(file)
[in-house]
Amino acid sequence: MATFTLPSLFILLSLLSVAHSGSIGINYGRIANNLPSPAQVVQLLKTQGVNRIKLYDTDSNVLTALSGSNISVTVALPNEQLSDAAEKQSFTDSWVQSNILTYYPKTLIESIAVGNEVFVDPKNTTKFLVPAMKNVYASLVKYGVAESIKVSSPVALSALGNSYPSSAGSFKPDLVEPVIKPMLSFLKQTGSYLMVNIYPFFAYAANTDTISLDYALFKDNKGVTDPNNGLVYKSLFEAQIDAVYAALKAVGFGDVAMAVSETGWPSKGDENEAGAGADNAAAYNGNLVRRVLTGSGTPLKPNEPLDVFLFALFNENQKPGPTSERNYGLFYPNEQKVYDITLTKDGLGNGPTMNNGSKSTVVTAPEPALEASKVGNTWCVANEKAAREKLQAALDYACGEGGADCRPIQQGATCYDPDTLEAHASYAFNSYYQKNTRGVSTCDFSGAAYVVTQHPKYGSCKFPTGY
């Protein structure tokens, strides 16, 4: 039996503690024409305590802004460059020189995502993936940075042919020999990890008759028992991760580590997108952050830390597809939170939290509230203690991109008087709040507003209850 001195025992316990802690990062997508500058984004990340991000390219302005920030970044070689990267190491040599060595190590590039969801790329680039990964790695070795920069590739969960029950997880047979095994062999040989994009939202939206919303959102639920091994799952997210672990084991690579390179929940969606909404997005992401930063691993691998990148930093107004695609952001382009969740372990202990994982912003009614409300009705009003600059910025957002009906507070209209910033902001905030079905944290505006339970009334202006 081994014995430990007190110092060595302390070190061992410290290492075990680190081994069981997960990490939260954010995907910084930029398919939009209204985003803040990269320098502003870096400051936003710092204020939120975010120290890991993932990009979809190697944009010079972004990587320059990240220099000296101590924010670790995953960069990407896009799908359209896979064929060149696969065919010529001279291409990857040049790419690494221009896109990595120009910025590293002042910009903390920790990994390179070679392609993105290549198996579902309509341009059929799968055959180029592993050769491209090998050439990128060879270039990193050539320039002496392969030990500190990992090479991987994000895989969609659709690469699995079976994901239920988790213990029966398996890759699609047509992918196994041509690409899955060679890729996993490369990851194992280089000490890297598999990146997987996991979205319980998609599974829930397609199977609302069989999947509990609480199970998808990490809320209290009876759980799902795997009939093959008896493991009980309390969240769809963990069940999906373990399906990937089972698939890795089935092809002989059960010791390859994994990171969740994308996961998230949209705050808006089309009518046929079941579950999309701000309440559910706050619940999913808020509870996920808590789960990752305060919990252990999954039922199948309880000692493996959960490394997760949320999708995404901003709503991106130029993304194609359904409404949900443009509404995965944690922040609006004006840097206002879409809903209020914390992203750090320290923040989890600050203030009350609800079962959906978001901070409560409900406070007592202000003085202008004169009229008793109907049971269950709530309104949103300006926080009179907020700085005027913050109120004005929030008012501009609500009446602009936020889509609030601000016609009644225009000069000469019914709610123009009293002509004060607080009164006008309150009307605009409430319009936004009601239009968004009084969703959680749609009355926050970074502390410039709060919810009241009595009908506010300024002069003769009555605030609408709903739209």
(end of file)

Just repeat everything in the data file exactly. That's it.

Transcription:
[in-house]
Amino acid sequence: MATFTLPSLFILLSLLSVAHSGSIGINYGRIANNLPSPAQVVQLLKTQGVNRIKLYDTDSNVLTALSGSNISVTVALPNEQLSDAAEKQSFTDSWVQSNILTYYPKTLIESIAVGNEVFVDPKNTTKFLVPAMKNVYASLVKYGVAESIKVSSPVALSALGNSYPSSAGSFKPDLVEPVIKPMLSFLKQTGSYLMVNIYPFFAYAANTDTISLDYALFKDNKGVTDPNNGLVYKSLFEAQIDAVYAALKAVGFGDVAMAVSETGWPSKGDENEAGAGADNAAAYNGNLVRRVLTGSGTPLKPNEPLDVFLFALFNENQKPGPTSERNYGLFYPNEQKVYDITLTKDGLGNGPTMNNGSKSTVVTAPEPALEASKVGNTWCVANEKAAREKLQAALDYACGEGGADCRPIQQGATCYDPDTLEAHASYAFNSYYQKNTRGVSTCDFSGAAYVVTQHPKYGSCKFPTGY
């Protein structure tokens, strides 16, 4: 039996503690024409305590802004460059020189995502993936940075042919020999990890008759028992991760580590997108952050830390597809939170939290509230203690991109008087709040507003209850 001195025992316990802690990062997508500058984004990340991000390219302005920030970044070689990267190491040599060595190590590039969801790329680039990964790695070795920069590739969960029950997880047979095994062999040989994009939202939206919303959102639920091994799952997210672990084991690579390179929940969606909404997005992401930063691993691998990148930093107004695609952001382009969740372990202990994982912003009614409300009705009003600059910025957002009906507070209209910033902001905030079905944290505006339970009334202006 081994014995430990007190110092060595302390070190061992410290290492075990680190081994069981997960990490939260954010995907910084930029398919939009209204985003803040990269320098502003870096400051936003710092204020939120975010120290890991993932990009979809190697944009010079972004990587320059990240220099000296101590924010670790995953960069990407896009799908359209896979064929060149696969065919010529001279291409990857040049790419690494221009896109990595120009910025590293002042910009903390920790990994390179070679392609993105290549198996579902309509341009059929799968055959180029592993050769491209090998050439990128060879270039990193050539320039002496392969030990500190990992090479991987994000895989969609659709690469699995079976994901239920988790213990029966398996890759699609047509992918196994041509690409899955060679890729996993490369990851194992280089000490890297598999990146997987996991979205319980998609599974829930397609199977609302069989999947509990609480199970998808990490809320209290009876759980799902795997009939093959008896493991009980309390969240769809963990069940999906373990399906990937089972698939890795089935092809002989059960010791390859994994990171969740994308996961998230949209705050808006089309009518046929079941579950999309701000309440559910706050619940999913808020509870996920808590789960990752305060919990252990999954039922199948309880000692493996959960490394997760949320999708995404901003709503991106130029993304194609359904409404949900443009509404995965944690922040609006004006840097206002879409809903209020914390992203750090320290923040989890600050203030009350609800079962959906978001901070409560409900406070007592202000003085202008004169009229008793109907049971269950709530309104949103300006926080009179907020700085005027913050109120004005929030008012501009609500009446602009936020889509609030601000016609009644225009000069000469019914709610123009009293002509004060607080009164006008309150009307605009409430319009936004009601239009968004009084969703959680749609009355926050970074502390410039709060919810009241009595009908506010300024002069003769009555605030609408709903739209």